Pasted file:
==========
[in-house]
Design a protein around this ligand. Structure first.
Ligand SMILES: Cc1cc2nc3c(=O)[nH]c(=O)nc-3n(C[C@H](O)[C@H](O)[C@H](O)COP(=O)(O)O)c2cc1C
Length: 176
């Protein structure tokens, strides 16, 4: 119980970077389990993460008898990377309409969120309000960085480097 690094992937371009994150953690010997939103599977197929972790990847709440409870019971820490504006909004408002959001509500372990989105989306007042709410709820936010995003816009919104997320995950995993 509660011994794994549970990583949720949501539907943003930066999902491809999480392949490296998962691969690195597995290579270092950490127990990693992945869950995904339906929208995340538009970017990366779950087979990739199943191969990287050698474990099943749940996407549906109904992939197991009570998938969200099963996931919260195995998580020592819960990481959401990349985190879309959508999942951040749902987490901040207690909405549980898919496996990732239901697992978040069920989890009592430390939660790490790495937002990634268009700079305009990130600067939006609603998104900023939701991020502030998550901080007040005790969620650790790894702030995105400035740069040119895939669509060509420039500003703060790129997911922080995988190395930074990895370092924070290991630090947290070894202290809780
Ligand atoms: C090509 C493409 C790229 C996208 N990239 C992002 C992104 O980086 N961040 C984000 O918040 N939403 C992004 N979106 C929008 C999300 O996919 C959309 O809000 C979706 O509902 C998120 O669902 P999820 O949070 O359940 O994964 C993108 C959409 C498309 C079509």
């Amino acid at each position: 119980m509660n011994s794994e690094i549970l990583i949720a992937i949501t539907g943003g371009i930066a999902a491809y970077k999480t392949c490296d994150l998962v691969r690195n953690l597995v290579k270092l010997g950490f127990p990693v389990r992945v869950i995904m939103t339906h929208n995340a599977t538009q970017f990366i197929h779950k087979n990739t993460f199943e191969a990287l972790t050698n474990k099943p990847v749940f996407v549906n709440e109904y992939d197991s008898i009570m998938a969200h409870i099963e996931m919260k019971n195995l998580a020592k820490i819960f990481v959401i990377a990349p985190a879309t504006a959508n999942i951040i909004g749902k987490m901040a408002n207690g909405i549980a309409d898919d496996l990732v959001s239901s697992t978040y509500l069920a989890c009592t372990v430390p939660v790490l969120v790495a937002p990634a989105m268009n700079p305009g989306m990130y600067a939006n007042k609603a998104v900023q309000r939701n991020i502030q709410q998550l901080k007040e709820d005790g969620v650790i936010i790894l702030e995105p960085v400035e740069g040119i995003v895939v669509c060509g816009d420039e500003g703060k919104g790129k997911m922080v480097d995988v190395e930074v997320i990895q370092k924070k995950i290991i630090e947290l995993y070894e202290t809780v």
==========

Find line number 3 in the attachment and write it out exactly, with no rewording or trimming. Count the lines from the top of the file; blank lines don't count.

Ligand SMILES: Cc1cc2nc3c(=O)[nH]c(=O)nc-3n(C[C@H](O)[C@H](O)[C@H](O)COP(=O)(O)O)c2cc1C